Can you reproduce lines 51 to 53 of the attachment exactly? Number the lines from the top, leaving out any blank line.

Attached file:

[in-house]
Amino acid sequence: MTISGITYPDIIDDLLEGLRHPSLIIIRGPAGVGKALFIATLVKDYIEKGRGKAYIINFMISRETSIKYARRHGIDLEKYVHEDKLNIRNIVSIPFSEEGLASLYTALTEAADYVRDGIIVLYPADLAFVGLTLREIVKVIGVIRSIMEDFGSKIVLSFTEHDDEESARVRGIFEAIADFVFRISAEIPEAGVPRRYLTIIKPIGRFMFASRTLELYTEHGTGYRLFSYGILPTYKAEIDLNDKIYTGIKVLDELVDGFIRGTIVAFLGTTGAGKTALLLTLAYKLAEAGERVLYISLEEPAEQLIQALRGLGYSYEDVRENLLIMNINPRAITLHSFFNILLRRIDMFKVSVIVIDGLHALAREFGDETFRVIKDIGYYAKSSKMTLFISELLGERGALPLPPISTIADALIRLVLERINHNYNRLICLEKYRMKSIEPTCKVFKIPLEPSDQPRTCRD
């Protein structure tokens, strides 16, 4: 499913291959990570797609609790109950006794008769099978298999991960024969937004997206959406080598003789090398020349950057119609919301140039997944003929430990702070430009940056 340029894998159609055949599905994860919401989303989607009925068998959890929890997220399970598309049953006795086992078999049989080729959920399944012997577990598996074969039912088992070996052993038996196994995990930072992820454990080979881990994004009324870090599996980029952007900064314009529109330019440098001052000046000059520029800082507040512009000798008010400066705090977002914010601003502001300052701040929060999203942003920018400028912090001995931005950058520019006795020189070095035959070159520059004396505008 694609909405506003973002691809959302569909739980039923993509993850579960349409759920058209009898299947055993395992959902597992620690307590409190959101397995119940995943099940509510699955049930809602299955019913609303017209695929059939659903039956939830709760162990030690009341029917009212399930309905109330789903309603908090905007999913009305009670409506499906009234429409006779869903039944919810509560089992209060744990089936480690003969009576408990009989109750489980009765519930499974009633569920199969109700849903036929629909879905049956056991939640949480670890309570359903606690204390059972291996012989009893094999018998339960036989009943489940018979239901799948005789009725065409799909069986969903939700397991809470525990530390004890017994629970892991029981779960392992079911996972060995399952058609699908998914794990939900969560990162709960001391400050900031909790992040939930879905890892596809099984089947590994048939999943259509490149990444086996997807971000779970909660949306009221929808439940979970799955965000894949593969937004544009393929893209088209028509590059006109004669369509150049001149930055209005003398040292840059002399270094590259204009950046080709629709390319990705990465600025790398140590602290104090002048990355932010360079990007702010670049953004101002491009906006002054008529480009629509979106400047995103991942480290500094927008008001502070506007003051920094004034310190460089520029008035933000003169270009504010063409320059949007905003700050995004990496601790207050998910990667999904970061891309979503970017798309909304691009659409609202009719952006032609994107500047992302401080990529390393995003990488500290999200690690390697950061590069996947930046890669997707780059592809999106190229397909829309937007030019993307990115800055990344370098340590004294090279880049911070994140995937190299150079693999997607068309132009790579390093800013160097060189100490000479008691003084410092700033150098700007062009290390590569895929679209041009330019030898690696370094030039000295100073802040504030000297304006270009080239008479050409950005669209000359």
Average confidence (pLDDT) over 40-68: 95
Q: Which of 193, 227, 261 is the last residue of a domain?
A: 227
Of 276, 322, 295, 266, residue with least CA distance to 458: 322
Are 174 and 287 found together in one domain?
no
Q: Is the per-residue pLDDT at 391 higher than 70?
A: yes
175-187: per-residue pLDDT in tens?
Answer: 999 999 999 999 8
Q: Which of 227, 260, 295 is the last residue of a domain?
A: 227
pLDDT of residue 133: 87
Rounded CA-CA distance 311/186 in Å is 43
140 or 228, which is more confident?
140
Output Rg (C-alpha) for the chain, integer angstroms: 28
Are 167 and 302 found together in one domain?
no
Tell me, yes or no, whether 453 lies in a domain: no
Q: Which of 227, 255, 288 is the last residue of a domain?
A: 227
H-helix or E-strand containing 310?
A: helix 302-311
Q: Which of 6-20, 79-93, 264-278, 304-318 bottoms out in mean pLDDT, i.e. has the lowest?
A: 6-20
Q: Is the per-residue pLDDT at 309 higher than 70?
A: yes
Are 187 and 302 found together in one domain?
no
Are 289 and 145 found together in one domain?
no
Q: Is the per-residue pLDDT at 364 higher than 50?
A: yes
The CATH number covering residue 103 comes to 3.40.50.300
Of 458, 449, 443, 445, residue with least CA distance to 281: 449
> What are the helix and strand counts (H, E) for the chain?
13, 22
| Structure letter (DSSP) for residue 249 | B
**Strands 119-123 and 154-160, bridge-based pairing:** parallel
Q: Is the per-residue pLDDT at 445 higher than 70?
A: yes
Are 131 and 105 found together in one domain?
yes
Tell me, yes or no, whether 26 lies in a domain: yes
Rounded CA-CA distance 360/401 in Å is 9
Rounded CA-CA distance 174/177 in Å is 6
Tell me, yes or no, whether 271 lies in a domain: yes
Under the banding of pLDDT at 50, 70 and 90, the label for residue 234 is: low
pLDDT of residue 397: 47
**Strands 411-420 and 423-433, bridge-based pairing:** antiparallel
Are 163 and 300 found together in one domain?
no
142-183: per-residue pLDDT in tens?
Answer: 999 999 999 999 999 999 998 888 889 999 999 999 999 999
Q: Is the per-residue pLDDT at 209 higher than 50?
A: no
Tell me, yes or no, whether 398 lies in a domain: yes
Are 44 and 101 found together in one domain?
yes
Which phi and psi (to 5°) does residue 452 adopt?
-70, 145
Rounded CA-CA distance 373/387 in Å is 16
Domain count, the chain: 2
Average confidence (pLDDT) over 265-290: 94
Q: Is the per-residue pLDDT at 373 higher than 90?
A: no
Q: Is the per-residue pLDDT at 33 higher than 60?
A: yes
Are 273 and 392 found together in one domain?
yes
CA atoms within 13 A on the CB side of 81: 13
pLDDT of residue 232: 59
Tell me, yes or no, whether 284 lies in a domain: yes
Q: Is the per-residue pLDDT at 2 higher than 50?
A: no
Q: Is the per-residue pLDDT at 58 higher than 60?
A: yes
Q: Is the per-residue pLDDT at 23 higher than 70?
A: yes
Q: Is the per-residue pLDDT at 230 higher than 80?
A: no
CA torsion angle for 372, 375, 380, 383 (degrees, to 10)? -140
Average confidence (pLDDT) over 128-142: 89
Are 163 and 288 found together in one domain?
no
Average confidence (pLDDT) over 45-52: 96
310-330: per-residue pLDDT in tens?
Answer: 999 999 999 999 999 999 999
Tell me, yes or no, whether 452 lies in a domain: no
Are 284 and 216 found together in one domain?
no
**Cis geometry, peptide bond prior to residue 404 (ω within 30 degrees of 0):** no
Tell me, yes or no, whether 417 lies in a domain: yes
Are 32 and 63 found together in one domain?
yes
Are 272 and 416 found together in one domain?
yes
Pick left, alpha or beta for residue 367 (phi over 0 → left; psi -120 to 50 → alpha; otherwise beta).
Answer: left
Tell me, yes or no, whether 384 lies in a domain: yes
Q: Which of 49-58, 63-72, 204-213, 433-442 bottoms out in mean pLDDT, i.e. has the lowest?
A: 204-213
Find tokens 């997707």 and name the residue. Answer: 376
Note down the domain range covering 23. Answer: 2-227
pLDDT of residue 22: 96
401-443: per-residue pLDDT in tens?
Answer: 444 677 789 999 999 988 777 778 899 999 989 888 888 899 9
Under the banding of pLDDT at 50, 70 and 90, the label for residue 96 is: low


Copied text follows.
Tell me, yes or no, whether 271 lies in a domain: yes
Under the banding of pLDDT at 50, 70 and 90, the label for residue 234 is: low
pLDDT of residue 397: 47